I came across a post on Facebook today, and was about to share it on my page.
I started writing, and as it was getting rather long (what’s new, eh?), I converted it to my blog post so I could expand on my thoughts.
I wish I knew this young lad! The video is obviously provocative, and if it gets us thinking, he has done his job.
You don’t have to agree, but you should have a well-thought out opinion OF YOUR OWN.
Watch the video here:
Suli Breaks is a spoken artist in the UK, talking about examinations in the formal education system in this essay called “I Will Not Let An Exam Result Determine My Fate”.
Exam results are supposed to be the final score sheet of what you learnt (crammed?) over the x years you were in the institution. Hmmmmm… pun intended!
How can final exams (yes, I know there is continuous assessment etc, but those final exams still count for plenty in todays world. Fail them, and you are seen as less educated and valuable than the person who was on top form on the day of the exam.
My sister was ill on the day of her final exams -she had measles or chickenpox -can’t quite remember which. And yes, she had been vaccinated for both when she was young! She had to take those exams while in bed at the University sick bay (that’s what they call small bed unit to treat you in Britain).
She was monitored by her very own invigilator as well.
She was well on track to getting a first-class degree, and still did better than all the other students in her class. She did not have the strength to finish the gruelling paper in the time allotted, and asked for just a bit of extra time to complete it.
DENIED! And with it, a first-class degree!
My feelings are that we are still using an old education model: meant to groom people for the traditional job factory of the 20th century, but that model has not developed to cope with the unique challenges of the 21st century, and may, in fact, be failing a large number of our children and grandchildren.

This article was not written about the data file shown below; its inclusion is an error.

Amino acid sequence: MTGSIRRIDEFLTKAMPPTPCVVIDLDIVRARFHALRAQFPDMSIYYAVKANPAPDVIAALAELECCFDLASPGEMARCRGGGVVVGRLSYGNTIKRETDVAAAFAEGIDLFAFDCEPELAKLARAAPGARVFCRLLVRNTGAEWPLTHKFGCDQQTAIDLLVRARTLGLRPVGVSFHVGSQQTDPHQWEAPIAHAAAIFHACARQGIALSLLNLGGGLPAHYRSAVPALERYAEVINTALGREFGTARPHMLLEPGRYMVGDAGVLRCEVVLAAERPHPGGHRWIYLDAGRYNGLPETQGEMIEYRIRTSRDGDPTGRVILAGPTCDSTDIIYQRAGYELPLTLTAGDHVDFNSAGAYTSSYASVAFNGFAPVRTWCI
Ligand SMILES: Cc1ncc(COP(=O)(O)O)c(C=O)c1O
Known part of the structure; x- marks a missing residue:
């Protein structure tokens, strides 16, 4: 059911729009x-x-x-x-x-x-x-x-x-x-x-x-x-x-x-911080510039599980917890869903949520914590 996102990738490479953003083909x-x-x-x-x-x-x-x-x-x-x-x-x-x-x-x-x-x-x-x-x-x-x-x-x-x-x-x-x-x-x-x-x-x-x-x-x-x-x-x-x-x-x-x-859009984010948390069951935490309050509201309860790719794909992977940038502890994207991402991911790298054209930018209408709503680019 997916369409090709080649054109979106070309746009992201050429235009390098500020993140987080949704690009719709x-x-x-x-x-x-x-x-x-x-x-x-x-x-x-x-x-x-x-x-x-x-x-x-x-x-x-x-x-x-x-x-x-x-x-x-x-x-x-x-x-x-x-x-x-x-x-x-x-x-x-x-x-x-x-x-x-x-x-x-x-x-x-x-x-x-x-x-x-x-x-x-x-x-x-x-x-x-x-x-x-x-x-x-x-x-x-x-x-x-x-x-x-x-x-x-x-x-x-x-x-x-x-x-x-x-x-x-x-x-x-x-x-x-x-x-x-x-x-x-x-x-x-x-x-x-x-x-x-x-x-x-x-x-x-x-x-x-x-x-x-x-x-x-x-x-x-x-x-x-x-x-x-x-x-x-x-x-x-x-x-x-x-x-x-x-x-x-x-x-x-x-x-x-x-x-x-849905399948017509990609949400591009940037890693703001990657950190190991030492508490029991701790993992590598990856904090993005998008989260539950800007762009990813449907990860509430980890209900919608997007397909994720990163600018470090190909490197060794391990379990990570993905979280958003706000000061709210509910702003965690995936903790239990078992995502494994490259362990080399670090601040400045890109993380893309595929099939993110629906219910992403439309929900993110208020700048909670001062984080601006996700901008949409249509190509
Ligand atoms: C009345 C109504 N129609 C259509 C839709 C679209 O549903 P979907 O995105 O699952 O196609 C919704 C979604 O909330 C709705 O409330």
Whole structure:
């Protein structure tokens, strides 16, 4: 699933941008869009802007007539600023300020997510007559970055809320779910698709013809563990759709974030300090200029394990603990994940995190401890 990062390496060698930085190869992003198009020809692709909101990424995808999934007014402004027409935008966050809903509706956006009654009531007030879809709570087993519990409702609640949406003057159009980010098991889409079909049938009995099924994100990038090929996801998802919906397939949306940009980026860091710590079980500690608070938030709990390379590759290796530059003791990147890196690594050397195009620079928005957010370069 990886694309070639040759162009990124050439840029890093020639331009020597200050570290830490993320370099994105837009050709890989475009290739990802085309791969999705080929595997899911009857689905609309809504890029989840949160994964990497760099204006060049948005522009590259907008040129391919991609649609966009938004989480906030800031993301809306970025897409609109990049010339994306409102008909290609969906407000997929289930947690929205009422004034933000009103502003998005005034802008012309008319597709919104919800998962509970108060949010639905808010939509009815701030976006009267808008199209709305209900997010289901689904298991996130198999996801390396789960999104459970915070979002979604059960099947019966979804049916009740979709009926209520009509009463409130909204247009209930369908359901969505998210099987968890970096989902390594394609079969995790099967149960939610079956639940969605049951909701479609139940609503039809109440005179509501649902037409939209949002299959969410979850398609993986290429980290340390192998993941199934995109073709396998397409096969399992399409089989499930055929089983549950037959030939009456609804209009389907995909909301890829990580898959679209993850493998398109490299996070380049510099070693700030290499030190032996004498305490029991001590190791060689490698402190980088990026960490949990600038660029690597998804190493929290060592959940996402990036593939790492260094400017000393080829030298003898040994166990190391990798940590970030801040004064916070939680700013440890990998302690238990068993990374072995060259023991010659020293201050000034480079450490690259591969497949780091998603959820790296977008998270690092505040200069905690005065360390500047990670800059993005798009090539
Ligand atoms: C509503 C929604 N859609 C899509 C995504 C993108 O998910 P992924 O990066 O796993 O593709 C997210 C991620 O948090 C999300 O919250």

There is no “safe” job anymore: outsourcing and globalization, as well as the internet has put a nail in that particular coffin.
Students are assuming large college debts on the promise of a fat salary at the end when they get a job, but there are no jobs at the end of it.
Even when they get a job, it takes decades to pay off their loans, and continues to be a large feature of their financial futures for a long time. What a way to start off your career – so deep in debt, with no light at the end of the tunnel.
One thing that has become apparent is that great exam results do not equate to great skills or even ability. The practical component is not as strong as it could be – apprenticeships have largely given way to university degrees, just because it looks good on paper and can (actually, make that “used to”) get a better job.
There are now too many young people with perfectly respectable degrees without a job or possibility of one that will get them started and pay their bills. They are scrounging around for any job that will at least keep them occupied – and continue to be debt-laden.
You now have to have a degree – from places almost nobody has heard of, in subjects I can’t even think up as a joke.
Wouldn’t it be far better to engage them to think creatively whilst they were within the formal education system, and give them the tools to thrive in the 21st century marketplace?
Without a doubt, I think this should include business studies – the practical how-to’s to get started. Young people can now take command of their own futures, and it won’t be necessary to spend 3,5 or 7+ years in the educational system.
Having your own business makes you independent. To succeed, you will have to be continually learning, so the education goal is achieved, just in a more organic and empowering manner.
I should know – I was educated from the fruits of my entrepreneurial mother, and she by her father (who owned his own factory) before her.
I am simply following in those footsteps – nothing better!
Leave me a comment below with your thoughts. Love to have them!